Walsingham was born around 1532. His father, William, was a lawyer. Walsingham was well-educated and attended King’s College, Cambridge from 1548 to 1550. Between 1550 and 1552, he continued his studies in France and Italy and when he returned to England, he studied at Gray’s Inn in London. He once again returned to Europe to continue studying up to 1560.
In 1562, aged about 30, Walsingham became a Member of Parliament for Lyme Regis. William Cecil, Lord Burghley, quickly recognised his talent and in 1568 Walsingham started to work for the most powerful non-royal in England. Walsingham was a talented linguist courtesy of the years he had spent in Europe. Cecil wanted Walsingham to use this ability to spy on foreigners in London who might present a threat to Elizabeth. Walsingham developed his own resources for this task and quickly had men working for him throughout the kingdom and in many of the major cities in Europe.
Between 1570 and 1573 he served in the French Court as ambassador. This was the court that was dominated by Coligny. Walsingham’s main task in France was to arrange the marriage between Elizabeth and the Duke of Anjou the brother of the French king. This all came to nothing with the Massacre of St. Bartholomew’s on August 23rd/24th 1572. With the murder of Coligny, the Catholic factions in France were in the ascendant and Walsingham had to leave for England.
His work was rewarded when he was appointed Secretary in 1573 and was knighted in 1577. As a Member of Parliament (for Surrey) he was also in an excellent position to keep his political master informed as to what was going on in the Commons. As Cecil was in the Lords, this ensured both Houses in Parliament were covered.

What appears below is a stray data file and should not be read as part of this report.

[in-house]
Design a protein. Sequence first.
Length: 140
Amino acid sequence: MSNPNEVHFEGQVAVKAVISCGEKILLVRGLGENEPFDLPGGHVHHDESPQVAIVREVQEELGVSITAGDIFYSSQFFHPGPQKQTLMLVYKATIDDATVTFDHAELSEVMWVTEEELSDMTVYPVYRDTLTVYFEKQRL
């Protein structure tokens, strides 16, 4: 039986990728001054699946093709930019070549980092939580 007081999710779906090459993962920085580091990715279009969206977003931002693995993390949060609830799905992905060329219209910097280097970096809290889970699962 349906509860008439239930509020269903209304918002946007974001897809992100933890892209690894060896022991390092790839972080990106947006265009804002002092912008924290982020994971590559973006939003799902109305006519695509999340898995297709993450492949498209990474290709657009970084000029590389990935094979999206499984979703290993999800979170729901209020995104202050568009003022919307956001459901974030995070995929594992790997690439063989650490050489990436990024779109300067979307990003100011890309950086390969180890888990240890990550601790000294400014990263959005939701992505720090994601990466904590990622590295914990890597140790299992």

Walsingham was a strong supporter of English military intervention in the Netherlands in support of the Dutch rebels. However, Cecil was more cautious and his view counted until the Treaty of Nonsuch in 1585.
Walsingham continued in his task of trying to arrange a marriage between Elizabeth and the new Duke of Anjou (the former Duke of Alençon). In this he failed. Walsingham also worked to move Scotland away from her ties with France and drawing the King of Scotland more towards London. Potentially this was a difficult move as the king of Scotland was James VI and England had imprisoned his mother, Mary, Queen of Scots. However, there was little love between mother and son and James only made the briefest of ‘complaints’ when she was executed.
It was Walsingham’s spy system that discovered the Throckmorton Plot (October 1583) and the Babington Plot (August 1586). The latter was so damning for Mary that she was put on trial for plotting to kill Elizabeth, found guilty and executed.
Sir Francis Walsingham was a loyal servant of the Queen. He died on April 6th 1590.